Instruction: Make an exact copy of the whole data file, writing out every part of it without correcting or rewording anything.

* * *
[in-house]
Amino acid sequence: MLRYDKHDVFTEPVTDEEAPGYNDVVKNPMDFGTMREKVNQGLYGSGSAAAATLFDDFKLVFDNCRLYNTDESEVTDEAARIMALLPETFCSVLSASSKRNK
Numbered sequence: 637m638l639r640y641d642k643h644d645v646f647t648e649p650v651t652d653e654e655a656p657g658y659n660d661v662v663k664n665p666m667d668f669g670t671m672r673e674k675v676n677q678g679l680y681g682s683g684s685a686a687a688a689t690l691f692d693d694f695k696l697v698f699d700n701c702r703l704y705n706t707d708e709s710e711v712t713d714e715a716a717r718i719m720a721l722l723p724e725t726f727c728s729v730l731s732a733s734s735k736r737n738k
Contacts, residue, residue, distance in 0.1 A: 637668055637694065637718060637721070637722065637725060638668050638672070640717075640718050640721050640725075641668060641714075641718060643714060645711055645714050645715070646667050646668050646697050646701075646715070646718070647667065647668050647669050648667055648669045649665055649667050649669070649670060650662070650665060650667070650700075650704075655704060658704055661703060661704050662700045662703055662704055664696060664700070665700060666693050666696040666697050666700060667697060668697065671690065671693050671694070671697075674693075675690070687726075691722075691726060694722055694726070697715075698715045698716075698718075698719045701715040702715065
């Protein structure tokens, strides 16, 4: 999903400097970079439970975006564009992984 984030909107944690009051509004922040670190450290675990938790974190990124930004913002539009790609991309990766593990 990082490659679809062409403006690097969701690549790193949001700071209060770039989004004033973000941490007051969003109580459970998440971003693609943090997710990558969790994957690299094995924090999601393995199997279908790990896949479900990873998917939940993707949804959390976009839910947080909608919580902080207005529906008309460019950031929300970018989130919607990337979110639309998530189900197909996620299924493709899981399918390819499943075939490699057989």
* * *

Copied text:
[in-house]
Amino acid sequence: MLRYDKHDVFTEPVTDEEAPGYNDVVKNPMDFGTMREKVNQGLYGSGSAAAATLFDDFKLVFDNCRLYNTDESEVTDEAARIMALLPETFCSVLSASSKRNK
Numbered sequence: 637m638l639r640y641d642k643h644d645v646f647t648e649p650v651t652d653e654e655a656p657g658y659n660d661v662v663k664n665p666m667d668f669g670t671m672r673e674k675v676n677q678g679l680y681g682s683g684s685a686a687a688a689t690l691f692d693d694f695k696l697v698f699d700n701c702r703l704y705n706t707d708e709s710e711v712t713d714e715a716a717r718i719m720a721l722l723p724e725t726f727c728s729v730l731s732a733s734s735k736r737n738k
Contacts, residue, residue, distance in 0.1 A: 637668055637694065637718060637721070637722065637725060638668050638672070640717075640718050640721050640725075641668060641714075641718060643714060645711055645714050645715070646667050646668050646697050646701075646715070646718070647667065647668050647669050648667055648669045649665055649667050649669070649670060650662070650665060650667070650700075650704075655704060658704055661703060661704050662700045662703055662704055664696060664700070665700060666693050666696040666697050666700060667697060668697065671690065671693050671694070671697075674693075675690070687726075691722075691726060694722055694726070697715075698715045698716075698718075698719045701715040702715065
């Protein structure tokens, strides 16, 4: 999903400097970079439970975006564009992984 984030909107944690009051509004922040670190450290675990938790974190990124930004913002539009790609991309990766593990 990082490659679809062409403006690097969701690549790193949001700071209060770039989004004033973000941490007051969003109580459970998440971003693609943090997710990558969790994957690299094995924090999601393995199997279908790990896949479900990873998917939940993707949804959390976009839910947080909608919580902080207005529906008309460019950031929300970018989130919607990337979110639309998530189900197909996620299924493709899981399918390819499943075939490699057989």